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Connection Caching and Little's Law

2011-08-18 20:32:41

Murray S. Kucherawy wrote:

I don't think the practice of connection caching is particularly selfish when compared to the cost of having the connection torn down and then re-established with some frequency, when it's generally much cheaper for both the sender and the receiver to just leave it open.

Only if there is efficient work being done. Look, maybe it was my fault to assume the obviousness of this classic Operational Research and Querying Design problem is commonly understood.

One just need to use Little's Law [1] to see how this is a very selfish queuing concept that benefits only one part of the system and increases demands and cost on other parts. This is particular true you reach a capacity and can no longer remain in steady state. To return it back to steady state, adjustments are needed. The flaw in CS is the erroneous presumption that there is unlimited resources on the receiver side (service workers) so that the waste in idle service time is factored out as arrival rates increased. As in a bank scenario, efficiency is lost if after a teller station finishes servicing a customer, he decides to hangs around the station doing nothing. The teller's time is wasted. Less workers available, Queued Customers wait longer, Lines get longer. Little's Law will show you this.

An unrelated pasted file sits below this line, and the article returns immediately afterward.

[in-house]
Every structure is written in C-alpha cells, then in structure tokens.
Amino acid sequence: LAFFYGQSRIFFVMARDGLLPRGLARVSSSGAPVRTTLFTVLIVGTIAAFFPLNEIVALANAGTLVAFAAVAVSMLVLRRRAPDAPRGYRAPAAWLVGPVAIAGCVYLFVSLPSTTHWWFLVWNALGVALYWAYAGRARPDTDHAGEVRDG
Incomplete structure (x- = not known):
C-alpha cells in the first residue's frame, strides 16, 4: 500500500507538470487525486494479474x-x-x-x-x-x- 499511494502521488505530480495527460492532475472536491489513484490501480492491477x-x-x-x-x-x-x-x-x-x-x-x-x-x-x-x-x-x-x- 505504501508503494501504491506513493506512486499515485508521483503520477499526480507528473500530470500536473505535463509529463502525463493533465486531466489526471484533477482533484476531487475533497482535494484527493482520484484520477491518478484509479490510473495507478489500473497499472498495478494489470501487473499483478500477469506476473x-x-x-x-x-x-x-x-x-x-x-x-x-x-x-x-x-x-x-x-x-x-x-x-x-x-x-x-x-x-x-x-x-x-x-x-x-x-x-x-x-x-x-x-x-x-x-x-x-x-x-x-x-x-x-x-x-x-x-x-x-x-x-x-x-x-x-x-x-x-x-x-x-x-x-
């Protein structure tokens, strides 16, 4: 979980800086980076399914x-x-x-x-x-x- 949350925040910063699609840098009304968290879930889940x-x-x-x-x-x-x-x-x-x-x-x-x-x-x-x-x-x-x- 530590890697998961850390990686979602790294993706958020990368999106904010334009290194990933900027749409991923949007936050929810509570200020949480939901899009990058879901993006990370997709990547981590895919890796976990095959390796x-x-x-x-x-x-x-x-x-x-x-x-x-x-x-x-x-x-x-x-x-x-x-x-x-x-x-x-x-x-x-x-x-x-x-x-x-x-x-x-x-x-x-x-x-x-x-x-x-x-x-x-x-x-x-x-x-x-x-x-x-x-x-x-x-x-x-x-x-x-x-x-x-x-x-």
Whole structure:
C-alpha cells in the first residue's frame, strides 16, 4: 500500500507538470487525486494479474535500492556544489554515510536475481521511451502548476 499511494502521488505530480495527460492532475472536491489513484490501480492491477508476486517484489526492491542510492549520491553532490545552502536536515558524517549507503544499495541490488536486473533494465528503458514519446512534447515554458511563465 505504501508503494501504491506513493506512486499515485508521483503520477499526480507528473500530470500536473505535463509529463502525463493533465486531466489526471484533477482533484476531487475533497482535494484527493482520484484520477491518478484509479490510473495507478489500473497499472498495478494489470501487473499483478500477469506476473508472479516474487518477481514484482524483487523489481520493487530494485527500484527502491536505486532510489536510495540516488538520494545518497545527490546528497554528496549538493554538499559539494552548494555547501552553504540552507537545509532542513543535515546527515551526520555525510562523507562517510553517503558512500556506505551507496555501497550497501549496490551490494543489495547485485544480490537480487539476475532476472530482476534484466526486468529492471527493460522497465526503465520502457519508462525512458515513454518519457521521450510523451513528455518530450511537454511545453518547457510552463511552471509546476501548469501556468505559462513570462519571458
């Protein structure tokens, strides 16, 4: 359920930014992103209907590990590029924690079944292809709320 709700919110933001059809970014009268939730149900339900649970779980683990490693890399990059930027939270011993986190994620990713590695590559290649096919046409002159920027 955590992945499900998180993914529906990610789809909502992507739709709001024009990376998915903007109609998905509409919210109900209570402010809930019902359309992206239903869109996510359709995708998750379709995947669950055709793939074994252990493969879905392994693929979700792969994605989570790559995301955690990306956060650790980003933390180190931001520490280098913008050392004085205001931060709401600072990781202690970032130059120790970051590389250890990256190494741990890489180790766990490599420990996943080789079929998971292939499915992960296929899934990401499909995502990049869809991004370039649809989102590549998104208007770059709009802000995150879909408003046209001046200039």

Hector Santos

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